You made me a victim today, and I am nobody’s victim. I am an American Airman in the most powerful Air Force in the world, and you made me into a helpless whore. A sensitive, defenseless woman who has no power to protect herself, who has nothing in common with the men she works with. You made me untouchable, and by doing that you made me a target. You gave me a transparent parasol, called it an umbrella and told me to stand idly by while you placed everything from rape to inappropriate shoulder brushes in a crowded hallway underneath it. You put my face up on your slides; my face, my uniform, my honor, and you made me hold this ridiculous contraption of your own devising and called me empowered. You called me strong. You told me, and everyone else who was listening to you this morning that I had a right to dictate what they said. That I had a right to dictate what they looked at. That I had a right to dictate what they listened to. That somehow, in my shop, I was the only person who mattered. That they can’t listen to the radio because they might play the Beatles, or Sir Mix-A-Lot, and that I might be offended. That if someone plays a Katy Perry song, I might have flashbacks to a night where I made a bad decision. I might be hurt, and I’m fragile right? Of course I am, you made me that way.

That’s just a taste, but you really need to read the whole thing.

Now that I’ve got your dander up, let me calm it down with one of the nicest stories I’ve heard in a long time. Wait. Make that two of the nicest stories.

You don’t have to lower the standards; you just need exceptional women

captain-sarah-cudd-665x385In New York, the Mayor’s office has gutted physical standards so as to let more women firefighters onto the job — never mind that the standards are directly related to the job requirements.  Wolf Howling says what I would have said if I’d written on the subject.

My addition to the topic is that New York now enters the San Francisco era of fire fighters. Between women and small Asians, the City long ago stopped making any effort to have firefighting standards that are actually related to, you know, fighting fires. I’ve actually written about this issue before.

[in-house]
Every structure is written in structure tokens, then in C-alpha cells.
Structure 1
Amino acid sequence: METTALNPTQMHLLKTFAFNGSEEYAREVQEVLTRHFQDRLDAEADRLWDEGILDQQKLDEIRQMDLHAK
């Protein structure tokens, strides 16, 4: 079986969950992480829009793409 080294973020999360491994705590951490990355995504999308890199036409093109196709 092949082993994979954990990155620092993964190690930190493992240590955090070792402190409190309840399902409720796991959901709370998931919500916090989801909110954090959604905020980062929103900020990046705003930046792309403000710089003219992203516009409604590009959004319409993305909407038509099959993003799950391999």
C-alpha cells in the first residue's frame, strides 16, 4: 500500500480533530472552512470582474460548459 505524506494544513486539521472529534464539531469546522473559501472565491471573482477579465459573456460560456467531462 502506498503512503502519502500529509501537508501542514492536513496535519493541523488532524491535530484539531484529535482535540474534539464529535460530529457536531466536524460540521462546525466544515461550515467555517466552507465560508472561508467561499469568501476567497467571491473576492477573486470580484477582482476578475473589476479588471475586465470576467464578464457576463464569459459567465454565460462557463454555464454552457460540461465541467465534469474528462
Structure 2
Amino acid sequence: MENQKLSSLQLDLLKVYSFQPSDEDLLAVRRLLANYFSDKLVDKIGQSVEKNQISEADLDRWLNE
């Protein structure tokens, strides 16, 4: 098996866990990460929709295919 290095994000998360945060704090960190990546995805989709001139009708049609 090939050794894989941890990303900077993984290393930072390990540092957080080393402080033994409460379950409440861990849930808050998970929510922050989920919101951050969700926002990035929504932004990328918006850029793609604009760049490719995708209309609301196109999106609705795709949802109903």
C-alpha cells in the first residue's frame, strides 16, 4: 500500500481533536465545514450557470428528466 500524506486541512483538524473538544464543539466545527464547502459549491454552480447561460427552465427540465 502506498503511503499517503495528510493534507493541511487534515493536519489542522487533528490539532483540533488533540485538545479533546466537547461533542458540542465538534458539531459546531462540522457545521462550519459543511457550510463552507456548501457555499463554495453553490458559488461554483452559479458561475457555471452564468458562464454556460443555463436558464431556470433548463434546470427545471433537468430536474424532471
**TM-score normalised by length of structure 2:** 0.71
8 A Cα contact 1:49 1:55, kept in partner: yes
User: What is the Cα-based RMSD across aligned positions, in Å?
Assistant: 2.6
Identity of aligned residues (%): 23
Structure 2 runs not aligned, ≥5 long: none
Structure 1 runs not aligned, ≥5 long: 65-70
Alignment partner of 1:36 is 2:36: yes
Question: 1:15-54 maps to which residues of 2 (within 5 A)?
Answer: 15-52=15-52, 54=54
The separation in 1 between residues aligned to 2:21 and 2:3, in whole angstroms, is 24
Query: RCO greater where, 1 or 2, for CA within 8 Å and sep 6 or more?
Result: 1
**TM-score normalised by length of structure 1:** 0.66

If the standards are reasonably related to the job’s demands, it’s unreasonable and dangerous to water them down to meet the ever-escalating demands of the Social Justice Warrior crowd. And keep in mind that, no matter the standards, there are women out there who can usually meet them. One of the most ferocious, hard-kicking, downright dangerous martial artists I ever met was a female San Francisco firefighter. A lot of the guys were scared to fight her.

And then there’s the amazing and wonderful Captain Sarah Cudd, who completed a 12-mile hike, with a heavy pack, over rough terrain, in two hours and 45 minutes in order to earn her Expert Field Medical Badge. More than 75% of the people who attempt this course — and that means mostly men — fail. Captain Cudd didn’t and it’s tremendously moving to watch her push herself through the fatigue, as well as to see the outpouring of support for her from the spectators (most of whom, again, are men):

From the Facebook post that first brought her to the world’s attention:

CPT Sarah Cudd from Public Health Command, Fort Knox is only 1 of the 46 candidates who earned the EFMB yesterday at Fort Dix, NJ..27 April 2015. This is her last few seconds of the 12 Mile Foot March. The Foot March is the last event of the Expert Field Medical Badge (EFMB), and must be completed within 3 hours. If you want it, you have to go get it. Watch this video. This EFMB candidate wanted it, and she got it. It took heart, guts, determination, falling down and getting up, and a little motivation from the crowd to get across the finish line. Check this out.

Stolen valor exposed right here in our own Marin County

Marine capAlmost five years ago, I wrote a post about 1st Lieutenant Gregory Allen, a retired United States Marine who ran a fitness center in San Rafael (part of Marin County), the purpose of which was to get young people ready for military boot camp. The City of San Rafael was trying to shut Allen’s gym down, and people who supported his mission sent out a flier seeking money to keep the gym open in spite of new fees that San Rafael was imposing on the gym.

In a twist no one could have expected five years ago, it turns out that there was no 1st Lieutenant Gregory Allen, USMC ret. Instead, there was stolen valor:

For more than a decade, “Lieutenant” Gregory Allen pumped up young military hopefuls at his gym in San Rafael, California. The bulky and bald-headed drill sergeant told war stories from his stint in Vietnam, collected donations, and even posed for photos in a U.S. Marines uniform with a Purple Heart and Bronze star.